WARNING: The following article contains spoilers for Zombieland: Double Tap, in theaters now.
When Zombieland hit theaters a decade ago, as much as fans loved Columbus' (Jesse Eisenberg) romantic interactions with Wichita (Emma Stone), ultimately his zombie-killing relationship with Tallahassee (Woody Harrelson) stood as the high point of the film. Always at odds, their antagonistic dynamic even held nods to Shaun of the Dead and reminded us how besties ought to stick together during the apocalypse.
As much as director Ruben Fleischer expands on their bond -- which is a lot more personal now but still as obscene as ever -- it's not this Dynamic Duo who manage to steal the show in the sequel. That honor surprisingly goes to Albuquerque (Luke Wilson) and Flagstaff (Thomas Middleditch), who prove to be a better version of the tag team partners.
When Columbus' crew heads to Graceland to track down a runaway Little Rock (Abigail Breslin), they end up at an Elvis museum where Nevada (Rosario Dawson) is living. After a hostile reception, everyone becomes acquainted, only for Albuquerque and Flagstaff to crash the party, the former livid because he doesn't like Tallahassee cozying up to his ex in Nevada. But the romantic rivalry aside, everything about these new killers on the block smacks of a much more improved version of Tallahassee and Columbus.
Wichita even points this out, making it known there's an uncanny resemblance, not just in looks (namely between Columbus and Flagstaff) but also in personality. The thing is, Albuquerque actually is a better alpha than Tallahassee -- tempering down his redneck blood to become a responsible leader in the end times. He's less obnoxious, actually likes meeting people and is skilled at pumping zombies full of lead. In fact, he also has a better sense of humor, demonstrated when Tallahassee drops his annoyingly overused catchphrase: "It's time to nut up or shut up!" only for Albuquerque to make it known it's a cheesy '90s joke he needs to stop.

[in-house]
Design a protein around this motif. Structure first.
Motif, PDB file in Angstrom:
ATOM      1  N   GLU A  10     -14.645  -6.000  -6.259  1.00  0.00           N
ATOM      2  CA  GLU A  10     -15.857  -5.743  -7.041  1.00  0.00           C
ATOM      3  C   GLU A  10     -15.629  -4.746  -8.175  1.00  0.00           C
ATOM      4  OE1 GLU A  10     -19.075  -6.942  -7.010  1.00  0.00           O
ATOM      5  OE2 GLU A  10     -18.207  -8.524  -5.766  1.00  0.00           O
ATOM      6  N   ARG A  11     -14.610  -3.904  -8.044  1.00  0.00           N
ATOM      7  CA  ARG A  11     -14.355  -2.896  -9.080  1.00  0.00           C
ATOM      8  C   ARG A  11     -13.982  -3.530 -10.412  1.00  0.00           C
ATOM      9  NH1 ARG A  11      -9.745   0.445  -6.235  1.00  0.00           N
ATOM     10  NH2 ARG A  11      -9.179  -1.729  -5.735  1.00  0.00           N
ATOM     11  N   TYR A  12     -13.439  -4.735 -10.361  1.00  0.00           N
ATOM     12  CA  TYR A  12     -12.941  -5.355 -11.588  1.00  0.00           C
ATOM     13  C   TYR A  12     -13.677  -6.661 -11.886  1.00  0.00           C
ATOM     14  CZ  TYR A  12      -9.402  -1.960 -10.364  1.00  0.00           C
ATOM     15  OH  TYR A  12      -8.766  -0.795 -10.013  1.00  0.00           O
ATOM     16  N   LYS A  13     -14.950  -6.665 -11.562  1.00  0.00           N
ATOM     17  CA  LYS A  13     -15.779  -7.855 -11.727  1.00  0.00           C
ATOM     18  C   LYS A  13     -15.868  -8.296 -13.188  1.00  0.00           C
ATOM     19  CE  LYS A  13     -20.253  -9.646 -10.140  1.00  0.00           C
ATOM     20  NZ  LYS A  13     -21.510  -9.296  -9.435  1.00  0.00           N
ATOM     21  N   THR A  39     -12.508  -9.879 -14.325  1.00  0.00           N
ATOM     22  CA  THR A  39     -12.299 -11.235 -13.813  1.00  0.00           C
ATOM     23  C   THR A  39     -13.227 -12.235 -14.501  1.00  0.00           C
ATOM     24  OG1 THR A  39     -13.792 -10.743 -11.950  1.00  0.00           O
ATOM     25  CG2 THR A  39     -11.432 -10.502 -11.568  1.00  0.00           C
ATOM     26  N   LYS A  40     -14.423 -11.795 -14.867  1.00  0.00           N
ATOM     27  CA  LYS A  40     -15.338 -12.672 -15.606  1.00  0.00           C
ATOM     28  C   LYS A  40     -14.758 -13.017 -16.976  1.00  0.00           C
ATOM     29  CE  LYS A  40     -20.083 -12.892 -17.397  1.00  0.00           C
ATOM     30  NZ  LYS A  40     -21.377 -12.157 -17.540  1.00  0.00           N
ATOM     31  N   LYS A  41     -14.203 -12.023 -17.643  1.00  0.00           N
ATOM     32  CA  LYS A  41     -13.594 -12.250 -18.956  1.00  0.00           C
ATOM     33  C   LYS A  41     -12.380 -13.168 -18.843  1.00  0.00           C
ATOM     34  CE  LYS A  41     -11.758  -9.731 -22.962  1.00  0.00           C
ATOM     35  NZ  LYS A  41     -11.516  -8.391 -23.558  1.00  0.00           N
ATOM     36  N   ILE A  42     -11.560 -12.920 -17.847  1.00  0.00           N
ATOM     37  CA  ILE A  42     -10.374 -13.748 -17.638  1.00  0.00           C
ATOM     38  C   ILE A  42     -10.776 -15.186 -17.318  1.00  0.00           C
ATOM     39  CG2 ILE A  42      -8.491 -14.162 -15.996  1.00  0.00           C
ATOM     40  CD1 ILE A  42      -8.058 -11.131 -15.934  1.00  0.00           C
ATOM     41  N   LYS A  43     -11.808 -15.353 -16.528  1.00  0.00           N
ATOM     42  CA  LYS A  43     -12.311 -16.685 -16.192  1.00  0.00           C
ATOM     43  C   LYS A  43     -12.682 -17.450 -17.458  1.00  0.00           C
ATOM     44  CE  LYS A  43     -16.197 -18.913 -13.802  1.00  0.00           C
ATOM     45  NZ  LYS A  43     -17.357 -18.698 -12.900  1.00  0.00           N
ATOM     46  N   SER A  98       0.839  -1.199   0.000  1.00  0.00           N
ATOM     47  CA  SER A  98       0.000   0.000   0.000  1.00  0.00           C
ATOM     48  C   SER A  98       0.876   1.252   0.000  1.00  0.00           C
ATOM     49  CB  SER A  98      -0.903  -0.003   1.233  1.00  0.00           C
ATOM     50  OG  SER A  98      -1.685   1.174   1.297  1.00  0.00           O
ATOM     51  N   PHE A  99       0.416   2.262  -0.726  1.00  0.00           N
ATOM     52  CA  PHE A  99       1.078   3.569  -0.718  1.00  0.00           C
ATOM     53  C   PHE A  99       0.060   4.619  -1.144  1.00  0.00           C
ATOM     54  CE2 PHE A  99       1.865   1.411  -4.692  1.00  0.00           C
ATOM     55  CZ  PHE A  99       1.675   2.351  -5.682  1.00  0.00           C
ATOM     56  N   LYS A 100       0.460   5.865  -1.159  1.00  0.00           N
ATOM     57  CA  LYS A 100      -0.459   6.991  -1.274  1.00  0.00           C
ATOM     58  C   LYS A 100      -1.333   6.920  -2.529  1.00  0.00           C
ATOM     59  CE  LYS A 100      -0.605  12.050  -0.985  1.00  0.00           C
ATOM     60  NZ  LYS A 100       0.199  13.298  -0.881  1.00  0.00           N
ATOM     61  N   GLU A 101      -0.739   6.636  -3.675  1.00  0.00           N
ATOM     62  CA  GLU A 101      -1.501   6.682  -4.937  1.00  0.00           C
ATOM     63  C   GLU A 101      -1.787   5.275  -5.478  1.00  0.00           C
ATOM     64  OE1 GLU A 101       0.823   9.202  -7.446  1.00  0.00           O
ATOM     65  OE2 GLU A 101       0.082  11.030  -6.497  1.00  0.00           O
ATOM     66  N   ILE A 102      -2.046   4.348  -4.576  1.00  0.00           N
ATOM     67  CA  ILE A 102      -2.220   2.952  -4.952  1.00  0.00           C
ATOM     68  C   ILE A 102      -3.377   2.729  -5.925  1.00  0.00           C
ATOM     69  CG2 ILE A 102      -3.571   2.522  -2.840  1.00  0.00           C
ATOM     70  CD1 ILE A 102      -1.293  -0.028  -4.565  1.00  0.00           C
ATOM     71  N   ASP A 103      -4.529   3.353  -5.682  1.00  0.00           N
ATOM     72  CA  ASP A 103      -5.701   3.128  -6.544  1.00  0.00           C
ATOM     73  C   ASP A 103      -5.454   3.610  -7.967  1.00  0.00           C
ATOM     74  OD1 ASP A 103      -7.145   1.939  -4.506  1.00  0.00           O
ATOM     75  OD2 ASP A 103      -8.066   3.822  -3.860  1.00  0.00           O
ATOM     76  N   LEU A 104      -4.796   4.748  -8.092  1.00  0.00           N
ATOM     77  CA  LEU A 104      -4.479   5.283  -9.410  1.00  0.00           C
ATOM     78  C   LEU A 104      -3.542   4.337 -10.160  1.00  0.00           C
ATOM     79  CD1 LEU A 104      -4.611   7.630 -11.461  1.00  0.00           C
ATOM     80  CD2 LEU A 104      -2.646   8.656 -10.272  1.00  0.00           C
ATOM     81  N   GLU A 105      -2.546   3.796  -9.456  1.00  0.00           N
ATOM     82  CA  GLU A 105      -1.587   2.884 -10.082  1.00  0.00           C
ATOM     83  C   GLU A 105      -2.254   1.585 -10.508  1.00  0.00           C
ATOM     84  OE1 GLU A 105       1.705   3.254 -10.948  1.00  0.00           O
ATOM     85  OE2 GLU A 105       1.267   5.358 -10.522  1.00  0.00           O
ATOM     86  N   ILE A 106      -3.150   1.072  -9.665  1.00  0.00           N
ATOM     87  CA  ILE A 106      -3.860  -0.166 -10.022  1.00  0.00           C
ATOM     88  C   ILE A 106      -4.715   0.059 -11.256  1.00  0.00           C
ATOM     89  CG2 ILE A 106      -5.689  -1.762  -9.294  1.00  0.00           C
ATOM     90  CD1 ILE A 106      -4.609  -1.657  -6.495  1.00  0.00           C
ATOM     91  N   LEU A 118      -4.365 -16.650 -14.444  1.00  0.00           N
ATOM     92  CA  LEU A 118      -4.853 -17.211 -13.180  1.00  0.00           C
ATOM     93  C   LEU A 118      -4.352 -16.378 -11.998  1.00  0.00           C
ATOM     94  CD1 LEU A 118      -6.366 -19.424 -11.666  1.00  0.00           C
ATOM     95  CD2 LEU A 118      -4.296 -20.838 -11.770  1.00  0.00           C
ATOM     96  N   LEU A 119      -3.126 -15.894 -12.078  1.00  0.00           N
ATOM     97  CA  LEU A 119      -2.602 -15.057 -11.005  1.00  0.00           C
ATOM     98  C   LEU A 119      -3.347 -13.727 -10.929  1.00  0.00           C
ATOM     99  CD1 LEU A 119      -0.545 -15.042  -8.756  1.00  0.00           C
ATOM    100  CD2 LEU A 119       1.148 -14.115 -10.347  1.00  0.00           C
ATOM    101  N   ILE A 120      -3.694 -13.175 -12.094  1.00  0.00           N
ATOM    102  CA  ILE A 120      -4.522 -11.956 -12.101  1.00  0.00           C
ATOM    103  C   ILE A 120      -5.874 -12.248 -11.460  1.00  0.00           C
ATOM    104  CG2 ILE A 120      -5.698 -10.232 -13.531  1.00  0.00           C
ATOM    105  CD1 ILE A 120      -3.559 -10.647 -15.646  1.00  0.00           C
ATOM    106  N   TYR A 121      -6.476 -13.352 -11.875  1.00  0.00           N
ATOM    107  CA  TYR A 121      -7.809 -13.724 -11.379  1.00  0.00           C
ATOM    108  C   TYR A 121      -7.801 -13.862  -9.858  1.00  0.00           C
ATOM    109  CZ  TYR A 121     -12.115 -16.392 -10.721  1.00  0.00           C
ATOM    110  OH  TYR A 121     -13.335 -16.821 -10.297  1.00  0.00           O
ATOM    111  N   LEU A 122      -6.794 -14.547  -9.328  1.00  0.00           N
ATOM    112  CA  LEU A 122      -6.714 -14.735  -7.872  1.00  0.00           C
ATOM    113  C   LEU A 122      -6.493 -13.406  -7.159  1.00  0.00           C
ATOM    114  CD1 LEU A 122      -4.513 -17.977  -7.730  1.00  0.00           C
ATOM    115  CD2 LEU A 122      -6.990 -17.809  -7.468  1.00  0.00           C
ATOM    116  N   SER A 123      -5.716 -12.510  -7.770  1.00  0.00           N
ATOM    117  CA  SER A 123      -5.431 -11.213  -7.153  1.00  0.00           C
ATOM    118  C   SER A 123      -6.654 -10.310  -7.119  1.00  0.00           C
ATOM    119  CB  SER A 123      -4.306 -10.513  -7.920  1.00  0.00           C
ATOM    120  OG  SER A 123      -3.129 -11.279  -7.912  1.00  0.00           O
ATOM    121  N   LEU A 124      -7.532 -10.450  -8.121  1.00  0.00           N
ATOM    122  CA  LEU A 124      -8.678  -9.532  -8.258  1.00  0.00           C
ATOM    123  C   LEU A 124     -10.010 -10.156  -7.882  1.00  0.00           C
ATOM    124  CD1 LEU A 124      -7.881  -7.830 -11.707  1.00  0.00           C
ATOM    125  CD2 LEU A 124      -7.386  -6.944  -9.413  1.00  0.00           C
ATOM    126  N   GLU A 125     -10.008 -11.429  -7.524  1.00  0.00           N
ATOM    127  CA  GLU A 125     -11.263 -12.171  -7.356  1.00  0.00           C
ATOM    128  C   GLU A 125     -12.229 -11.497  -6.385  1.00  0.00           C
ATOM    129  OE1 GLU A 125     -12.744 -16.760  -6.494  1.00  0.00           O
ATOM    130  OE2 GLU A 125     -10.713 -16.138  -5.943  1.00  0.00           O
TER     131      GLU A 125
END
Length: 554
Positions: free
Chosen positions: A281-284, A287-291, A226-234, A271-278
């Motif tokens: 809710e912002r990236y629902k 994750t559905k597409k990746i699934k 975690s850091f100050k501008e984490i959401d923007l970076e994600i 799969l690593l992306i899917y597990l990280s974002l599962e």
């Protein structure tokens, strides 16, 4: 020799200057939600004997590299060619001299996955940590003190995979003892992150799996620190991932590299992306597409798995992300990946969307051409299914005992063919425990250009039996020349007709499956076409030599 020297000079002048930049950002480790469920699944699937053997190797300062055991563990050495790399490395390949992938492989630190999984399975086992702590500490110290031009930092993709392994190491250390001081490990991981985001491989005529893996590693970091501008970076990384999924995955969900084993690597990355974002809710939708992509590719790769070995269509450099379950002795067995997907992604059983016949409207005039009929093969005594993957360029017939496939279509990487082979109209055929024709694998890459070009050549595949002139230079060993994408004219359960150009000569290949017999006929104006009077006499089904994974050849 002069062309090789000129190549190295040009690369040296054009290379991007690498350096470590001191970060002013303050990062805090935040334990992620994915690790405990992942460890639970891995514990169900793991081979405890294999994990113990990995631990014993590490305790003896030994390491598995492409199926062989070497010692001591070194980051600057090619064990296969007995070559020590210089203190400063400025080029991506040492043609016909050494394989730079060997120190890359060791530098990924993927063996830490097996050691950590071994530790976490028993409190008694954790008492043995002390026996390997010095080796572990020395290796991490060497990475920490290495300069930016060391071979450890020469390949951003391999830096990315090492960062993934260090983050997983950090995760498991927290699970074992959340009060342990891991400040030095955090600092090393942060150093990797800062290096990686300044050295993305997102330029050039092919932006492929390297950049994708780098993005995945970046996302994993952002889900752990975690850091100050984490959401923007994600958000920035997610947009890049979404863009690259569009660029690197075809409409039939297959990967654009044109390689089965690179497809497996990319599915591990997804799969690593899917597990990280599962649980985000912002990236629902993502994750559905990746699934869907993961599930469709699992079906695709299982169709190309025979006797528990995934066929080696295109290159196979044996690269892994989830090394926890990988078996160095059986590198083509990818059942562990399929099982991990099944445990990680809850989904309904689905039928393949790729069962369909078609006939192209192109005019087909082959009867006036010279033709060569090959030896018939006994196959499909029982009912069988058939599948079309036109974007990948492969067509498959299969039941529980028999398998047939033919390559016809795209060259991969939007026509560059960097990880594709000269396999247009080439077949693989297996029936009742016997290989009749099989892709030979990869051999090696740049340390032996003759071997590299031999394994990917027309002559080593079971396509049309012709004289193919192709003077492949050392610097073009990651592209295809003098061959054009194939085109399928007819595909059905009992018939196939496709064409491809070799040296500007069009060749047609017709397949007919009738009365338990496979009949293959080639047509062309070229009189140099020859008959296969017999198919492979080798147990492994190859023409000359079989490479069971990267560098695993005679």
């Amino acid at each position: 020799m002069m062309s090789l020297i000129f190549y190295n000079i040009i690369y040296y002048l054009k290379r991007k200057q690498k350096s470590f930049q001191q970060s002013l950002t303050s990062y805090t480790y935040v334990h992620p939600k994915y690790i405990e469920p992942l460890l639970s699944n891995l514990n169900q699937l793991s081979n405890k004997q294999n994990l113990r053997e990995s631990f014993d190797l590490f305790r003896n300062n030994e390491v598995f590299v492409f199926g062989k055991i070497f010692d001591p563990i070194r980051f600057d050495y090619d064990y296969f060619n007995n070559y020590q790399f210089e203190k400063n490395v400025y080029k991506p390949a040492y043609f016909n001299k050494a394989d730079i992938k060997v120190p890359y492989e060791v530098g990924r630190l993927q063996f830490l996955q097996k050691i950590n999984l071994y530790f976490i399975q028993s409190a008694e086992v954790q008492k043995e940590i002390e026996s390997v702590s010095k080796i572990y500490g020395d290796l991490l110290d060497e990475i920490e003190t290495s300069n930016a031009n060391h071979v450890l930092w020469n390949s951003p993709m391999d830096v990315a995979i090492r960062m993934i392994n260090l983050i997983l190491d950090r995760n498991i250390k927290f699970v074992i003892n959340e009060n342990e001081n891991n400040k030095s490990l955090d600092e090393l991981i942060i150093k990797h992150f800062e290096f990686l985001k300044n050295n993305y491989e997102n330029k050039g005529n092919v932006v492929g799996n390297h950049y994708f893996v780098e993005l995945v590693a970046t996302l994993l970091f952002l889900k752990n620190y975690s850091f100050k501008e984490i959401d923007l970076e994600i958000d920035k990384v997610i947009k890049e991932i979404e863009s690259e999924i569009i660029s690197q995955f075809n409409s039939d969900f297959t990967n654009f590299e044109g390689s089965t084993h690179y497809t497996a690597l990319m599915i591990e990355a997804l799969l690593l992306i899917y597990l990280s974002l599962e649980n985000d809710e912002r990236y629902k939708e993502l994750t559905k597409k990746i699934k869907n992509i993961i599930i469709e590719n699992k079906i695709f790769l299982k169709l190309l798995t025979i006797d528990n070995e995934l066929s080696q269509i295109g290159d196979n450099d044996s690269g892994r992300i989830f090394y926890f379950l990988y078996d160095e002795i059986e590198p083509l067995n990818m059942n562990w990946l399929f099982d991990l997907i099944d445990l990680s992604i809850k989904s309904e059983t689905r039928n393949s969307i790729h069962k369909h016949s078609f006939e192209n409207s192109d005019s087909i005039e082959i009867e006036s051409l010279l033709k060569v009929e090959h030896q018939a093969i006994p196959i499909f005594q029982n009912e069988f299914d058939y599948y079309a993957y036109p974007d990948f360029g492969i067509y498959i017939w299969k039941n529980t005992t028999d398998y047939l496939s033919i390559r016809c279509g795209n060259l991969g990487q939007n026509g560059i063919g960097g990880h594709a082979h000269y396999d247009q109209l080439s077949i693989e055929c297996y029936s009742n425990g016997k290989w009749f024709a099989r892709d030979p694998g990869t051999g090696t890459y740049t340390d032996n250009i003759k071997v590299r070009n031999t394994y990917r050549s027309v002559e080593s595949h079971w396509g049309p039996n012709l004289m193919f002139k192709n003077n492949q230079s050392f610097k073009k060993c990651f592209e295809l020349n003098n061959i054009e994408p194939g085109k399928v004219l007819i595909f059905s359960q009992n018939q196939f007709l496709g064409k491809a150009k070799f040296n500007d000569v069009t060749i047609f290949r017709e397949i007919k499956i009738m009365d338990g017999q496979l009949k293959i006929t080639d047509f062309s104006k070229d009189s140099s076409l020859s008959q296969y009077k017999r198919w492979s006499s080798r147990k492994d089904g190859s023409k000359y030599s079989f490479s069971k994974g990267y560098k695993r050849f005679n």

Wichita again agrees, hinting Albuquerque is the mature leader she thinks their camp needs. We can even forgive him parking his monster truck, "Big Fat Death" on Tallahassee's "Beast" because, hey, all's fair in love and war, and honestly, it's nice seeing Tallahassee being the one getting bullied for a change.
As for Flagstaff, he's the mirror image of Columbus, but he has commandments instead of rules: His set is more thorough yet still a lot more fun, to the point Columbus gets jealous, especially as he forgot "teamwork" as one of his. They soon get into a contest to see who has the better rules and Flagstaff wins, which is why he and Albuquerque have survived for so long -- longer than Team Zombieland, even. It's once more a summation of who the better team is.
The icing on the cake comes with how Albuquerque and Flagstaff treat each other with love and respect. They look out for each other, as seen when they hunt the T-800s or Bolt zombies which attack the monster truck parked outside Nevada's establishment. The duo switch around shotguns and then use fists and a variety of other moves to prove they're the more skilful team, leaving Wichita wondering why she couldn't have ended up with this better-oiled unit.
She sees their harmonious relationship outside of the battlefield; is in awe how well they work together in the war-zone and more so, she adores that they're brothers looking out for each other.
To top it all, they're also super-welcoming and mix nicely with others, which is something the antisocial Tallahassee and the introverted Columbus don't do well. Taking all this into consideration, it's a shame they eventually got infected cleaning up a T-800 horde. What makes it worse is Tallahassee could have helped out but he made it a pissing contest, not doing anything when they get swarmed. Sadly, this new duo pay the ultimate price, leaving Wichita with what she thinks might well be the B-team in these desperate times.
Directed by Ruben Fleischer from a script by Rhett Reese, Paul Wernick and David Callaham, Zombieland: Double Tap stars Woody Harrelson, Emma Stone, Jesse Eisenberg and Abigail Breslin. The film is in theaters now.